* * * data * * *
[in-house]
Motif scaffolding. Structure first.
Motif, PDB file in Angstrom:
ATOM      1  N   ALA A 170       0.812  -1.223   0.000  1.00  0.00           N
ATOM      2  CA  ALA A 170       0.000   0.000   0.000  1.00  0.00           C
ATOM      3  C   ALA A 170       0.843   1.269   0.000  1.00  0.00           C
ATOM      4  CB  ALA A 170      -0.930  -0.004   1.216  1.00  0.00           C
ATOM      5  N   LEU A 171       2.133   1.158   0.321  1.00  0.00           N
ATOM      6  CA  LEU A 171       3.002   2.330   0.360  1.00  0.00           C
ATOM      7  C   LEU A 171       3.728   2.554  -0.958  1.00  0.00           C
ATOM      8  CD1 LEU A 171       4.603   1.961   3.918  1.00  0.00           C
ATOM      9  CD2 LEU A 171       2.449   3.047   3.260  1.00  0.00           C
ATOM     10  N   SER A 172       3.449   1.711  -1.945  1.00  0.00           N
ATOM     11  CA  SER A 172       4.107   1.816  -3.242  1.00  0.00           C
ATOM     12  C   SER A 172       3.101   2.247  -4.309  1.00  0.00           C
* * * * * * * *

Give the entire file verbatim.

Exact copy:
[in-house]
Motif scaffolding. Structure first.
Motif, PDB file in Angstrom:
ATOM      1  N   ALA A 170       0.812  -1.223   0.000  1.00  0.00           N
ATOM      2  CA  ALA A 170       0.000   0.000   0.000  1.00  0.00           C
ATOM      3  C   ALA A 170       0.843   1.269   0.000  1.00  0.00           C
ATOM      4  CB  ALA A 170      -0.930  -0.004   1.216  1.00  0.00           C
ATOM      5  N   LEU A 171       2.133   1.158   0.321  1.00  0.00           N
ATOM      6  CA  LEU A 171       3.002   2.330   0.360  1.00  0.00           C
ATOM      7  C   LEU A 171       3.728   2.554  -0.958  1.00  0.00           C
ATOM      8  CD1 LEU A 171       4.603   1.961   3.918  1.00  0.00           C
ATOM      9  CD2 LEU A 171       2.449   3.047   3.260  1.00  0.00           C
ATOM     10  N   SER A 172       3.449   1.711  -1.945  1.00  0.00           N
ATOM     11  CA  SER A 172       4.107   1.816  -3.242  1.00  0.00           C
ATOM     12  C   SER A 172       3.101   2.247  -4.309  1.00  0.00           C